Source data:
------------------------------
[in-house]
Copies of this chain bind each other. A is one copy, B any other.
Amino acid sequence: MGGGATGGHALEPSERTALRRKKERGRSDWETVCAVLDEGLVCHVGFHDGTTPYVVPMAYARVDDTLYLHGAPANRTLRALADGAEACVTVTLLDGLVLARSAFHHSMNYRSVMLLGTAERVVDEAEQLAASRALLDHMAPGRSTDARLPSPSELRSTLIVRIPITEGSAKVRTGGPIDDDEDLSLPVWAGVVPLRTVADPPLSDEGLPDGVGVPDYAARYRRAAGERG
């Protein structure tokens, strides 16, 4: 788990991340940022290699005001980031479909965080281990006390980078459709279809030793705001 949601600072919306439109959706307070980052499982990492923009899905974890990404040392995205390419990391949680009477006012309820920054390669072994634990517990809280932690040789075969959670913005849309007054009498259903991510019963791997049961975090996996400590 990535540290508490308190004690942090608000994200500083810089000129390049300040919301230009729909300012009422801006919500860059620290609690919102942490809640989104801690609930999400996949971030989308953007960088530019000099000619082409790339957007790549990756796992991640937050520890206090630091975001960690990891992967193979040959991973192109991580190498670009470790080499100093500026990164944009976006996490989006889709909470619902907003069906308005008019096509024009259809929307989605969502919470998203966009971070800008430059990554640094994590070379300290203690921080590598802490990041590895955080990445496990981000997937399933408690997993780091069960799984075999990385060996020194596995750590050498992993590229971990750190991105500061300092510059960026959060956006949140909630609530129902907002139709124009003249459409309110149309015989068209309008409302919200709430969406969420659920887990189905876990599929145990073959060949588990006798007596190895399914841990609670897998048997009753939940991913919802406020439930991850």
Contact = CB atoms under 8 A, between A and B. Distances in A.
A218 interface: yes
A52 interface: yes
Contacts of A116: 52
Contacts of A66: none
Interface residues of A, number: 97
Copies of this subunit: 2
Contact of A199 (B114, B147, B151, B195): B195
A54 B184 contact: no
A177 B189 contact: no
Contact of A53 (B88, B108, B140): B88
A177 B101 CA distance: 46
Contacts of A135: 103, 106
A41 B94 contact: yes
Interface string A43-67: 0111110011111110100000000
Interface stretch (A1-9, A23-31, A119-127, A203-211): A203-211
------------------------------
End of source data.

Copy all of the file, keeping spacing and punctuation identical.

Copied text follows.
[in-house]
Copies of this chain bind each other. A is one copy, B any other.
Amino acid sequence: MGGGATGGHALEPSERTALRRKKERGRSDWETVCAVLDEGLVCHVGFHDGTTPYVVPMAYARVDDTLYLHGAPANRTLRALADGAEACVTVTLLDGLVLARSAFHHSMNYRSVMLLGTAERVVDEAEQLAASRALLDHMAPGRSTDARLPSPSELRSTLIVRIPITEGSAKVRTGGPIDDDEDLSLPVWAGVVPLRTVADPPLSDEGLPDGVGVPDYAARYRRAAGERG
């Protein structure tokens, strides 16, 4: 788990991340940022290699005001980031479909965080281990006390980078459709279809030793705001 949601600072919306439109959706307070980052499982990492923009899905974890990404040392995205390419990391949680009477006012309820920054390669072994634990517990809280932690040789075969959670913005849309007054009498259903991510019963791997049961975090996996400590 990535540290508490308190004690942090608000994200500083810089000129390049300040919301230009729909300012009422801006919500860059620290609690919102942490809640989104801690609930999400996949971030989308953007960088530019000099000619082409790339957007790549990756796992991640937050520890206090630091975001960690990891992967193979040959991973192109991580190498670009470790080499100093500026990164944009976006996490989006889709909470619902907003069906308005008019096509024009259809929307989605969502919470998203966009971070800008430059990554640094994590070379300290203690921080590598802490990041590895955080990445496990981000997937399933408690997993780091069960799984075999990385060996020194596995750590050498992993590229971990750190991105500061300092510059960026959060956006949140909630609530129902907002139709124009003249459409309110149309015989068209309008409302919200709430969406969420659920887990189905876990599929145990073959060949588990006798007596190895399914841990609670897998048997009753939940991913919802406020439930991850």
Contact = CB atoms under 8 A, between A and B. Distances in A.
A218 interface: yes
A52 interface: yes
Contacts of A116: 52
Contacts of A66: none
Interface residues of A, number: 97
Copies of this subunit: 2
Contact of A199 (B114, B147, B151, B195): B195
A54 B184 contact: no
A177 B189 contact: no
Contact of A53 (B88, B108, B140): B88
A177 B101 CA distance: 46
Contacts of A135: 103, 106
A41 B94 contact: yes
Interface string A43-67: 0111110011111110100000000
Interface stretch (A1-9, A23-31, A119-127, A203-211): A203-211